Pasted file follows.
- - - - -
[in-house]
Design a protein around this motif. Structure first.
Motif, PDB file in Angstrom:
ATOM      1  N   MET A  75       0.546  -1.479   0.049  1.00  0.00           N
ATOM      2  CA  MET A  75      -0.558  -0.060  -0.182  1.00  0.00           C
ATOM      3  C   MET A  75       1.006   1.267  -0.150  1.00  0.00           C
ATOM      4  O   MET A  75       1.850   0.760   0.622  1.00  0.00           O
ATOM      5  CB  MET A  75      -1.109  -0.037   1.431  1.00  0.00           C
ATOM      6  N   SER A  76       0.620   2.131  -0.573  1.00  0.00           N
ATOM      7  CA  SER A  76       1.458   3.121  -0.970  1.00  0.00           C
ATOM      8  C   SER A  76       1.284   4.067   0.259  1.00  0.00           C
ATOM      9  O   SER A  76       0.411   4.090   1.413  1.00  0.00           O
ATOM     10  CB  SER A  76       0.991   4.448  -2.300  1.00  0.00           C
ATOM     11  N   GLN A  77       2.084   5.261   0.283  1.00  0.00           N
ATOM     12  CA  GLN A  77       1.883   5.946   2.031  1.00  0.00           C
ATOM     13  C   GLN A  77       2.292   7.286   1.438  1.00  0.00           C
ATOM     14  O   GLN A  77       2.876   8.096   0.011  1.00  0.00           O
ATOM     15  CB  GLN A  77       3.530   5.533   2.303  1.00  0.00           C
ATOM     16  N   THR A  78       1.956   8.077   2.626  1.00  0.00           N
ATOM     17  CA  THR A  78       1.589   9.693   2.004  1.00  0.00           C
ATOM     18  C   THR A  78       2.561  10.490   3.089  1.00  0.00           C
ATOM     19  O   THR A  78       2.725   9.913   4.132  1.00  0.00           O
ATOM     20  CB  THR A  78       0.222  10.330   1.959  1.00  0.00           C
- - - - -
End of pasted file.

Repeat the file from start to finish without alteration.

[in-house]
Design a protein around this motif. Structure first.
Motif, PDB file in Angstrom:
ATOM      1  N   MET A  75       0.546  -1.479   0.049  1.00  0.00           N
ATOM      2  CA  MET A  75      -0.558  -0.060  -0.182  1.00  0.00           C
ATOM      3  C   MET A  75       1.006   1.267  -0.150  1.00  0.00           C
ATOM      4  O   MET A  75       1.850   0.760   0.622  1.00  0.00           O
ATOM      5  CB  MET A  75      -1.109  -0.037   1.431  1.00  0.00           C
ATOM      6  N   SER A  76       0.620   2.131  -0.573  1.00  0.00           N
ATOM      7  CA  SER A  76       1.458   3.121  -0.970  1.00  0.00           C
ATOM      8  C   SER A  76       1.284   4.067   0.259  1.00  0.00           C
ATOM      9  O   SER A  76       0.411   4.090   1.413  1.00  0.00           O
ATOM     10  CB  SER A  76       0.991   4.448  -2.300  1.00  0.00           C
ATOM     11  N   GLN A  77       2.084   5.261   0.283  1.00  0.00           N
ATOM     12  CA  GLN A  77       1.883   5.946   2.031  1.00  0.00           C
ATOM     13  C   GLN A  77       2.292   7.286   1.438  1.00  0.00           C
ATOM     14  O   GLN A  77       2.876   8.096   0.011  1.00  0.00           O
ATOM     15  CB  GLN A  77       3.530   5.533   2.303  1.00  0.00           C
ATOM     16  N   THR A  78       1.956   8.077   2.626  1.00  0.00           N
ATOM     17  CA  THR A  78       1.589   9.693   2.004  1.00  0.00           C
ATOM     18  C   THR A  78       2.561  10.490   3.089  1.00  0.00           C
ATOM     19  O   THR A  78       2.725   9.913   4.132  1.00  0.00           O
ATOM     20  CB  THR A  78       0.222  10.330   1.959  1.00  0.00           C